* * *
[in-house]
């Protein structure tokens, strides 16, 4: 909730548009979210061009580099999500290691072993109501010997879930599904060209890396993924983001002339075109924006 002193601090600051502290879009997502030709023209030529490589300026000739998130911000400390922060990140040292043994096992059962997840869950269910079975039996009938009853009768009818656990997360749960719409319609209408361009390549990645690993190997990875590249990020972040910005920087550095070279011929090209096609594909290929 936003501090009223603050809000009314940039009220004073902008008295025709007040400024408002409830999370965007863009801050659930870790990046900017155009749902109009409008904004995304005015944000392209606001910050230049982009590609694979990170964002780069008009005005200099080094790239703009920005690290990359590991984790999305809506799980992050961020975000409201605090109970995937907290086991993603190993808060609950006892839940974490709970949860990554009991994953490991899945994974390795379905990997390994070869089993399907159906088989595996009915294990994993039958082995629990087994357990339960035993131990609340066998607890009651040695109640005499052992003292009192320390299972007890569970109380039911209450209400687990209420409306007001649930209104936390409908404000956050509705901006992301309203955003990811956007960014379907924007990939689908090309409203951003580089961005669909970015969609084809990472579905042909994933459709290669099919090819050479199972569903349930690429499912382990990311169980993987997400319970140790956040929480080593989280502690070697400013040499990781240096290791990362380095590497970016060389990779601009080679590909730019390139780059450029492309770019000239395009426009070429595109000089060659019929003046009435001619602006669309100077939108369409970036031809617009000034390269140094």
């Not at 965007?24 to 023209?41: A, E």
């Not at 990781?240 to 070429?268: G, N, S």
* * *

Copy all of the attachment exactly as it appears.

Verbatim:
[in-house]
């Protein structure tokens, strides 16, 4: 909730548009979210061009580099999500290691072993109501010997879930599904060209890396993924983001002339075109924006 002193601090600051502290879009997502030709023209030529490589300026000739998130911000400390922060990140040292043994096992059962997840869950269910079975039996009938009853009768009818656990997360749960719409319609209408361009390549990645690993190997990875590249990020972040910005920087550095070279011929090209096609594909290929 936003501090009223603050809000009314940039009220004073902008008295025709007040400024408002409830999370965007863009801050659930870790990046900017155009749902109009409008904004995304005015944000392209606001910050230049982009590609694979990170964002780069008009005005200099080094790239703009920005690290990359590991984790999305809506799980992050961020975000409201605090109970995937907290086991993603190993808060609950006892839940974490709970949860990554009991994953490991899945994974390795379905990997390994070869089993399907159906088989595996009915294990994993039958082995629990087994357990339960035993131990609340066998607890009651040695109640005499052992003292009192320390299972007890569970109380039911209450209400687990209420409306007001649930209104936390409908404000956050509705901006992301309203955003990811956007960014379907924007990939689908090309409203951003580089961005669909970015969609084809990472579905042909994933459709290669099919090819050479199972569903349930690429499912382990990311169980993987997400319970140790956040929480080593989280502690070697400013040499990781240096290791990362380095590497970016060389990779601009080679590909730019390139780059450029492309770019000239395009426009070429595109000089060659019929003046009435001619602006669309100077939108369409970036031809617009000034390269140094």
């Not at 965007?24 to 023209?41: A, E």
């Not at 990781?240 to 070429?268: G, N, S």